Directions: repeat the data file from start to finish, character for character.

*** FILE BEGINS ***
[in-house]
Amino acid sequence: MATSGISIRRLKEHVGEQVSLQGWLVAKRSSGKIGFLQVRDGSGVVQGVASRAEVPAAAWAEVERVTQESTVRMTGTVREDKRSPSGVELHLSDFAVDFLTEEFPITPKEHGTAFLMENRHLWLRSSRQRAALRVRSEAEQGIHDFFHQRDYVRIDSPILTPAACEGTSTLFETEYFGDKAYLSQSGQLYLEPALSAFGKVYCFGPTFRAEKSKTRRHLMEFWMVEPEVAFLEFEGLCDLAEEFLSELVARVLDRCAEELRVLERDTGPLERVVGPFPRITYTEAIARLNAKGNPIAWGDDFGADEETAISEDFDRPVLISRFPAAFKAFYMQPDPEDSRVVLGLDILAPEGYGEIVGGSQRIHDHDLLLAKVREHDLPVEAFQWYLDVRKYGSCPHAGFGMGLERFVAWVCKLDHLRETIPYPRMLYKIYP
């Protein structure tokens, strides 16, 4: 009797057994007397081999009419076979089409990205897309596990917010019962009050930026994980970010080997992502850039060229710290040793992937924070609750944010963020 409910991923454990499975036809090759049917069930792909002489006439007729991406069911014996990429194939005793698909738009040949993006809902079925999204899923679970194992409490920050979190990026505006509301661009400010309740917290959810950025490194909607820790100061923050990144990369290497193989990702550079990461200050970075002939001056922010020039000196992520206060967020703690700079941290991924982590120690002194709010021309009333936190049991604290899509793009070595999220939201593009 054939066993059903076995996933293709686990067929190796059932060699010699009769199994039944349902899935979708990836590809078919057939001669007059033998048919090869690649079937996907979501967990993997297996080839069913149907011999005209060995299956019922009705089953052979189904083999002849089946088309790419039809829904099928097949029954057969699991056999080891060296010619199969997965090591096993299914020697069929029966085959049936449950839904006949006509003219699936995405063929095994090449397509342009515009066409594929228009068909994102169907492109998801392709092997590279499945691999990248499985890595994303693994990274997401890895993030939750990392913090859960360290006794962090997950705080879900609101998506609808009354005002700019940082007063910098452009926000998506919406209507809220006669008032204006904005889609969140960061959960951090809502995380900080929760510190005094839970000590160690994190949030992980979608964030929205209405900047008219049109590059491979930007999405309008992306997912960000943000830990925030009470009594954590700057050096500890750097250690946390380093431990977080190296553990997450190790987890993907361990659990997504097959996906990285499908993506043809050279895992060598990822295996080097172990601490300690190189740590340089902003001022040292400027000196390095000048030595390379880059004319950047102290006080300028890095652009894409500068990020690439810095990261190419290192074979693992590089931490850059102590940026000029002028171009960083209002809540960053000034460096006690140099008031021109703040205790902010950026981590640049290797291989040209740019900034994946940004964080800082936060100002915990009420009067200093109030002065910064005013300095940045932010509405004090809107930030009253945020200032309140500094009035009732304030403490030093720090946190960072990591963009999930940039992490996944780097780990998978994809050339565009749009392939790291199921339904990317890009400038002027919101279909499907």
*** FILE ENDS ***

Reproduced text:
[in-house]
Amino acid sequence: MATSGISIRRLKEHVGEQVSLQGWLVAKRSSGKIGFLQVRDGSGVVQGVASRAEVPAAAWAEVERVTQESTVRMTGTVREDKRSPSGVELHLSDFAVDFLTEEFPITPKEHGTAFLMENRHLWLRSSRQRAALRVRSEAEQGIHDFFHQRDYVRIDSPILTPAACEGTSTLFETEYFGDKAYLSQSGQLYLEPALSAFGKVYCFGPTFRAEKSKTRRHLMEFWMVEPEVAFLEFEGLCDLAEEFLSELVARVLDRCAEELRVLERDTGPLERVVGPFPRITYTEAIARLNAKGNPIAWGDDFGADEETAISEDFDRPVLISRFPAAFKAFYMQPDPEDSRVVLGLDILAPEGYGEIVGGSQRIHDHDLLLAKVREHDLPVEAFQWYLDVRKYGSCPHAGFGMGLERFVAWVCKLDHLRETIPYPRMLYKIYP
């Protein structure tokens, strides 16, 4: 009797057994007397081999009419076979089409990205897309596990917010019962009050930026994980970010080997992502850039060229710290040793992937924070609750944010963020 409910991923454990499975036809090759049917069930792909002489006439007729991406069911014996990429194939005793698909738009040949993006809902079925999204899923679970194992409490920050979190990026505006509301661009400010309740917290959810950025490194909607820790100061923050990144990369290497193989990702550079990461200050970075002939001056922010020039000196992520206060967020703690700079941290991924982590120690002194709010021309009333936190049991604290899509793009070595999220939201593009 054939066993059903076995996933293709686990067929190796059932060699010699009769199994039944349902899935979708990836590809078919057939001669007059033998048919090869690649079937996907979501967990993997297996080839069913149907011999005209060995299956019922009705089953052979189904083999002849089946088309790419039809829904099928097949029954057969699991056999080891060296010619199969997965090591096993299914020697069929029966085959049936449950839904006949006509003219699936995405063929095994090449397509342009515009066409594929228009068909994102169907492109998801392709092997590279499945691999990248499985890595994303693994990274997401890895993030939750990392913090859960360290006794962090997950705080879900609101998506609808009354005002700019940082007063910098452009926000998506919406209507809220006669008032204006904005889609969140960061959960951090809502995380900080929760510190005094839970000590160690994190949030992980979608964030929205209405900047008219049109590059491979930007999405309008992306997912960000943000830990925030009470009594954590700057050096500890750097250690946390380093431990977080190296553990997450190790987890993907361990659990997504097959996906990285499908993506043809050279895992060598990822295996080097172990601490300690190189740590340089902003001022040292400027000196390095000048030595390379880059004319950047102290006080300028890095652009894409500068990020690439810095990261190419290192074979693992590089931490850059102590940026000029002028171009960083209002809540960053000034460096006690140099008031021109703040205790902010950026981590640049290797291989040209740019900034994946940004964080800082936060100002915990009420009067200093109030002065910064005013300095940045932010509405004090809107930030009253945020200032309140500094009035009732304030403490030093720090946190960072990591963009999930940039992490996944780097780990998978994809050339565009749009392939790291199921339904990317890009400038002027919101279909499907």